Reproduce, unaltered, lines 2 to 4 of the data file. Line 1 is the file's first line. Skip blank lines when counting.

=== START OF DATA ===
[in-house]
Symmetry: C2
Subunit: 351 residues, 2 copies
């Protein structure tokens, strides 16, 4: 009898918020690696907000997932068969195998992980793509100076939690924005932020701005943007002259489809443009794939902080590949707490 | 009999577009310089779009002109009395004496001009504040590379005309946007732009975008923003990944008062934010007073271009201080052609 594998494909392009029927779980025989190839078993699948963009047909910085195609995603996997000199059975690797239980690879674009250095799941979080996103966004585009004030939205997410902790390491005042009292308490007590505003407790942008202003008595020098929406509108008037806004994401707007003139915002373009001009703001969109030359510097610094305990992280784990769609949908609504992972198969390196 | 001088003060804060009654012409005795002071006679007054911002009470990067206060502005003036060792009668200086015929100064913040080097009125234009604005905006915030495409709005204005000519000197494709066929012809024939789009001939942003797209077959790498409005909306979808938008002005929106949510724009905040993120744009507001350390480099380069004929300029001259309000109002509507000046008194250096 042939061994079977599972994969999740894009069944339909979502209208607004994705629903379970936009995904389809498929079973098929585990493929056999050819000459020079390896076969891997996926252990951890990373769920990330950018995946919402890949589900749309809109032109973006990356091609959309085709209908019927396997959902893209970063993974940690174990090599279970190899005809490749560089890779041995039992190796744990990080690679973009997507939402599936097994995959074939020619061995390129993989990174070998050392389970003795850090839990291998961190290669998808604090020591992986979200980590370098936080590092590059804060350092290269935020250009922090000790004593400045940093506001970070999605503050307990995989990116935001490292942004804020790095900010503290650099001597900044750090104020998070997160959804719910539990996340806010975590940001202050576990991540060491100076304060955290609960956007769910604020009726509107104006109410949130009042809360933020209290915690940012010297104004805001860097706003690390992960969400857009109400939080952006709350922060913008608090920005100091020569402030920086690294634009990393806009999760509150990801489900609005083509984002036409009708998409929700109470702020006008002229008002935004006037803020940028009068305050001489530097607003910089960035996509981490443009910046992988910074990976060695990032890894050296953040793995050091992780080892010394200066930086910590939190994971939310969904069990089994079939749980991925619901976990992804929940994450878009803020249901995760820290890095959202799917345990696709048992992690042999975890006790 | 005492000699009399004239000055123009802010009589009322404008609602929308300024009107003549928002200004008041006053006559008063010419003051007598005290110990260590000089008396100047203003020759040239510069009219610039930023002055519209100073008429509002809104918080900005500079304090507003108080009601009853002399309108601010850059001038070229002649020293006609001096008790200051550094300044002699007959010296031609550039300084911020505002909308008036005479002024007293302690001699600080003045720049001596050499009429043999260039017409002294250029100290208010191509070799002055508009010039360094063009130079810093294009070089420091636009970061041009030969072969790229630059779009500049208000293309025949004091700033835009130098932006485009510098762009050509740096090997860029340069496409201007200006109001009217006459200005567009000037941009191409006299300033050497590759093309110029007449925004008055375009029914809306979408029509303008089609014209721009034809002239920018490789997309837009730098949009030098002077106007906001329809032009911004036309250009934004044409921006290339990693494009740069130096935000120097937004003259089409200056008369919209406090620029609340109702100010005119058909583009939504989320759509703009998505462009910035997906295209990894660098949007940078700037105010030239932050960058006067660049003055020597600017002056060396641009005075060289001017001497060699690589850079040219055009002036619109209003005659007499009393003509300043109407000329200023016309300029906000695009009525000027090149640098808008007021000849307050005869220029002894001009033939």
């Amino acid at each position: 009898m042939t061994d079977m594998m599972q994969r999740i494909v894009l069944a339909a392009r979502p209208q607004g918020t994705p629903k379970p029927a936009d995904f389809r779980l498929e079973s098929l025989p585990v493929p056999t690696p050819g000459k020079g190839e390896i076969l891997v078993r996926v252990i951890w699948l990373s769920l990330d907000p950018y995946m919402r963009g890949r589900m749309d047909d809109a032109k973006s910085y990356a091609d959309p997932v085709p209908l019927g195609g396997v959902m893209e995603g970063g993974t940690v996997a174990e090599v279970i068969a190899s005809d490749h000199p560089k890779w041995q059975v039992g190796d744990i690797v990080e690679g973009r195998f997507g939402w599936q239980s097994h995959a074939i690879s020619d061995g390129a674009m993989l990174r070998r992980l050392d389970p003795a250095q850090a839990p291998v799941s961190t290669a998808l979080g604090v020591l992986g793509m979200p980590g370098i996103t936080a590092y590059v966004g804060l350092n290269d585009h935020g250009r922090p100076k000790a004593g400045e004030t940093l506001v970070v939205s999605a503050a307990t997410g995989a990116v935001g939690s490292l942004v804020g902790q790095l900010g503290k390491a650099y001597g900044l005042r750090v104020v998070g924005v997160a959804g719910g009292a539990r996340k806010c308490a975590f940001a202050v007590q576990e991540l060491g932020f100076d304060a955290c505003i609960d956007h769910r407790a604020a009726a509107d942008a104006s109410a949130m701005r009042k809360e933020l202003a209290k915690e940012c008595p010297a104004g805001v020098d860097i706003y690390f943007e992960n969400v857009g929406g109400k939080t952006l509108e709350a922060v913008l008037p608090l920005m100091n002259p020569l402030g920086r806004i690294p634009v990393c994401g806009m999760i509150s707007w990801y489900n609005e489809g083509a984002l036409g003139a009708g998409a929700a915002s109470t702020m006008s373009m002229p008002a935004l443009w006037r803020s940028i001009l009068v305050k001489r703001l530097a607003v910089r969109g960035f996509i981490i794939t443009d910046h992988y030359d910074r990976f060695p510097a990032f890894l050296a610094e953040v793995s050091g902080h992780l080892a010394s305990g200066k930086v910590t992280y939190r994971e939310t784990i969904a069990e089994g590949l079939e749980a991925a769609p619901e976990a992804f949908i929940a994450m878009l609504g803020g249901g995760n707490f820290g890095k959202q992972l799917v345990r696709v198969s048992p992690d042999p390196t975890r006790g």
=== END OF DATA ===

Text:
Symmetry: C2
Subunit: 351 residues, 2 copies
């Protein structure tokens, strides 16, 4: 009898918020690696907000997932068969195998992980793509100076939690924005932020701005943007002259489809443009794939902080590949707490 | 009999577009310089779009002109009395004496001009504040590379005309946007732009975008923003990944008062934010007073271009201080052609 594998494909392009029927779980025989190839078993699948963009047909910085195609995603996997000199059975690797239980690879674009250095799941979080996103966004585009004030939205997410902790390491005042009292308490007590505003407790942008202003008595020098929406509108008037806004994401707007003139915002373009001009703001969109030359510097610094305990992280784990769609949908609504992972198969390196 | 001088003060804060009654012409005795002071006679007054911002009470990067206060502005003036060792009668200086015929100064913040080097009125234009604005905006915030495409709005204005000519000197494709066929012809024939789009001939942003797209077959790498409005909306979808938008002005929106949510724009905040993120744009507001350390480099380069004929300029001259309000109002509507000046008194250096 042939061994079977599972994969999740894009069944339909979502209208607004994705629903379970936009995904389809498929079973098929585990493929056999050819000459020079390896076969891997996926252990951890990373769920990330950018995946919402890949589900749309809109032109973006990356091609959309085709209908019927396997959902893209970063993974940690174990090599279970190899005809490749560089890779041995039992190796744990990080690679973009997507939402599936097994995959074939020619061995390129993989990174070998050392389970003795850090839990291998961190290669998808604090020591992986979200980590370098936080590092590059804060350092290269935020250009922090000790004593400045940093506001970070999605503050307990995989990116935001490292942004804020790095900010503290650099001597900044750090104020998070997160959804719910539990996340806010975590940001202050576990991540060491100076304060955290609960956007769910604020009726509107104006109410949130009042809360933020209290915690940012010297104004805001860097706003690390992960969400857009109400939080952006709350922060913008608090920005100091020569402030920086690294634009990393806009999760509150990801489900609005083509984002036409009708998409929700109470702020006008002229008002935004006037803020940028009068305050001489530097607003910089960035996509981490443009910046992988910074990976060695990032890894050296953040793995050091992780080892010394200066930086910590939190994971939310969904069990089994079939749980991925619901976990992804929940994450878009803020249901995760820290890095959202799917345990696709048992992690042999975890006790 | 005492000699009399004239000055123009802010009589009322404008609602929308300024009107003549928002200004008041006053006559008063010419003051007598005290110990260590000089008396100047203003020759040239510069009219610039930023002055519209100073008429509002809104918080900005500079304090507003108080009601009853002399309108601010850059001038070229002649020293006609001096008790200051550094300044002699007959010296031609550039300084911020505002909308008036005479002024007293302690001699600080003045720049001596050499009429043999260039017409002294250029100290208010191509070799002055508009010039360094063009130079810093294009070089420091636009970061041009030969072969790229630059779009500049208000293309025949004091700033835009130098932006485009510098762009050509740096090997860029340069496409201007200006109001009217006459200005567009000037941009191409006299300033050497590759093309110029007449925004008055375009029914809306979408029509303008089609014209721009034809002239920018490789997309837009730098949009030098002077106007906001329809032009911004036309250009934004044409921006290339990693494009740069130096935000120097937004003259089409200056008369919209406090620029609340109702100010005119058909583009939504989320759509703009998505462009910035997906295209990894660098949007940078700037105010030239932050960058006067660049003055020597600017002056060396641009005075060289001017001497060699690589850079040219055009002036619109209003005659007499009393003509300043109407000329200023016309300029906000695009009525000027090149640098808008007021000849307050005869220029002894001009033939």